What Parents Need to Know About LifeStance Health Online Therapy

The online therapy company has therapists with a range of specialties, including family.

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Psychologist making notes during online session with patient

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LifeStance Health is a large, multi-state online therapy company offering many types of therapy with therapists from a range of specialties. It contracts with local offices to provide in-person therapy and has stellar customer service over the phone. In the current climate, mental health providers are scarce throughout the country and LifeStance is not immune from this issue. As a result, provider availability is highly variable based on region and need.

Key Stats

  • Price: No plans listed on the website
  • Insurance Accepted? Yes
  • Types of Therapy: Individual, couples, family, kids, teen, group, medication management, psychiatry, substance use treatment, eating disorder treatment
  • Communication Options: Text-based therapy, email, live messaging, live audio/phone, live video, in-person
  • HIPAA Compliant? Yes
  • Accepts HSA or FSA? Yes
  • Is There an App? No
  • Prescriptions Available? Yes

Pros & Cons


  • Available in 34 states
  • Many types of therapy offered, such as couples, individual, group, and family
  • You always get a human when contacting customer support
  • Many locations in metropolitan areas
  • Several therapist types (psychologists, social workers, psychiatrists, nurse practitioners, licensed therapists) 
  • Easy-to-navigate website 
  • Accepts many insurance plans 
  • Offers video or in-person therapy
  • Serves clients ages 2 and up


  • Virtual therapy not available across all 50 states
  • Lists providers on the site that aren’t taking new clients
  • Email-based customer service poor or non-existent 
  • Referrals from a primary care doctor may be required for therapy services
  • No information on pricing upfront

More than half of the U.S. population will be diagnosed with a mental illness at some point during their lifetime. Every year, one in five people experiences a mental illness, and that statistic carries over to children. Yet less than half of people who experience mental illness are getting mental health care.

LifeStance Health is a large organization that is centralizing the mental health sector of health care by partnering with regional organizations and putting them under the LifeStance umbrella. Its goal is to give patients more options, more availability, and a smoother process for finding and using mental health care. The company values compassion, relationships, and diversity while keeping mental health care accessible and affordable. 

To evaluate LifeStance, I attempted to test this service myself from Oregon (where I reside), researched the company website, and spoke with subject matter experts. We also surveyed 105 users at 55 different companies, LifeStance included, to see how it stacks up against the competition. Here’s how it fared.

What Is LifeStance?

LifeStance Health is a fairly new company, co-founded in 2017 by Michael K. Lester. Its services are available in 34 states (the company has over 600 in-person clinics), and there are approximately 5,400 trained clinicians on staff.   

Most news stories about LifeStance Health are in the financial sector. It gained a lot of momentum in 2021 on Wall Street but, at the time of writing, has been losing money. Investors filed a class action lawsuit against it in August 2022.  However, it has not had any scandals or news stories related to the quality of its care.

What Services Does LifeStance Health Offer?

A positive and negative feature of LifeStance is that, since it partners with local offices, the services vary based on local availability. On the plus side, this means practices can cater to the needs of their community. But it also means the same services are not offered in all areas. Throughout the U.S., LifeStance contracts with all types of mental health providers, including those that provide services for:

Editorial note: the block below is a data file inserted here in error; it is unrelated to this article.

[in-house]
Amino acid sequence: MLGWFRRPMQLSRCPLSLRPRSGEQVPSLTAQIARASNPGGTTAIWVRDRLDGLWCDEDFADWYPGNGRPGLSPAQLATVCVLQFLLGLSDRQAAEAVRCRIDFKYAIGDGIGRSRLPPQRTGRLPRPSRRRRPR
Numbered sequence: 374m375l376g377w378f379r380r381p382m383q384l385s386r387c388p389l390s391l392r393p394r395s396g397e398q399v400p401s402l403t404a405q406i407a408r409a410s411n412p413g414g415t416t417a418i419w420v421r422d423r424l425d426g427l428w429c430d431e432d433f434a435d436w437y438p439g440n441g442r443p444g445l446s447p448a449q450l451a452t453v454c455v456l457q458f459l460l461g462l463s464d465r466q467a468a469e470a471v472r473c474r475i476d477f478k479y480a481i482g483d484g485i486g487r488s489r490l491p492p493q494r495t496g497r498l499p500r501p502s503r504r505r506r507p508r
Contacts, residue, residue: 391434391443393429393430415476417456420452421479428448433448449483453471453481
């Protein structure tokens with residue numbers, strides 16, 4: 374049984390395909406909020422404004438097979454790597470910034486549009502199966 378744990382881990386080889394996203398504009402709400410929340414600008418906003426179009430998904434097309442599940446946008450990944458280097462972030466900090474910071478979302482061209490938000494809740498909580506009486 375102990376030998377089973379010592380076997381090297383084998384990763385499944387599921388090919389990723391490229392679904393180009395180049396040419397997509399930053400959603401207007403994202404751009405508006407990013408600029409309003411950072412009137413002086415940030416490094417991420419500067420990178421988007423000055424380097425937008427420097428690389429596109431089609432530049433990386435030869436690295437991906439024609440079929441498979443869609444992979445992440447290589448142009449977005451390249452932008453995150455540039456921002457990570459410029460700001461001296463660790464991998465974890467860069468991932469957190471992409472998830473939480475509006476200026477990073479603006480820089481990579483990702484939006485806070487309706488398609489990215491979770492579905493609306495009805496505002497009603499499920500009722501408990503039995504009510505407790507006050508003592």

• Individual therapy for children, teens, and adults
  • Family therapy
  • Couples therapy
  • Medication management
  • Group therapy
  • Substance use disorder counseling

Within these services, there are different types of providers such as psychologists, psychiatrists, social workers, and nurse practitioners. The types of certifications vary based on education and state. 

Who Is LifeStance For?

The LifeStance website makes it clear that it welcomes all types of patients, including those from all types of cultures and families, as well as patients of all ages (age 2 and up). It can treat a large number of conditions, although this, again, varies by provider.

How Much Does LifeStance Cost?

Unlike some online therapy companies, LifeStance’s prices are not centralized across all offices and there is no information on the website on how much sessions cost if you choose to self-pay. 

Users have reported that they have paid $75 to $300 out-of-pocket per session, which is higher than the national average.

Does LifeStance Take Insurance?

LifeStance says that it is in-network with most commercial insurance plans, including Aetna, Cigna, AARP, Beacon, and Empire BCBS. It also accepts Medicare and Medicaid. If LifeStance accepts your insurance, you will be responsible for a copay.

Navigating the Website

The website is welcoming and easy to navigate. You're greeted with friendly, serene photos of individuals and families in neutral tones. Along the top, clearly labeled, are resources such as a robust blog and podcasts.


For each condition LifeStance providers treat, there is a page explaining what it is, signs and symptoms, causes, and treatment options.

Depression LiveStance

There are several blue buttons that stand out to help direct you to pages where you can begin the search for a provider. To find a provider, you must select your state and/or metro area. From there, you are redirected to the website for your local LifeStance branch. You can perform an advanced search to filter for your specific needs or look up a specific provider if one has been recommended to you. Search filters include: type of provider, age group served, languages, specific office location, specialty, issues or conditions, population specialty, and specific interventions. 

LifeStance is online at Facebook, Instagram, LinkedIn, and Twitter, where it posts mental health infographics and aligns with mental health awareness days. It does have some negative reviews on these social media sites.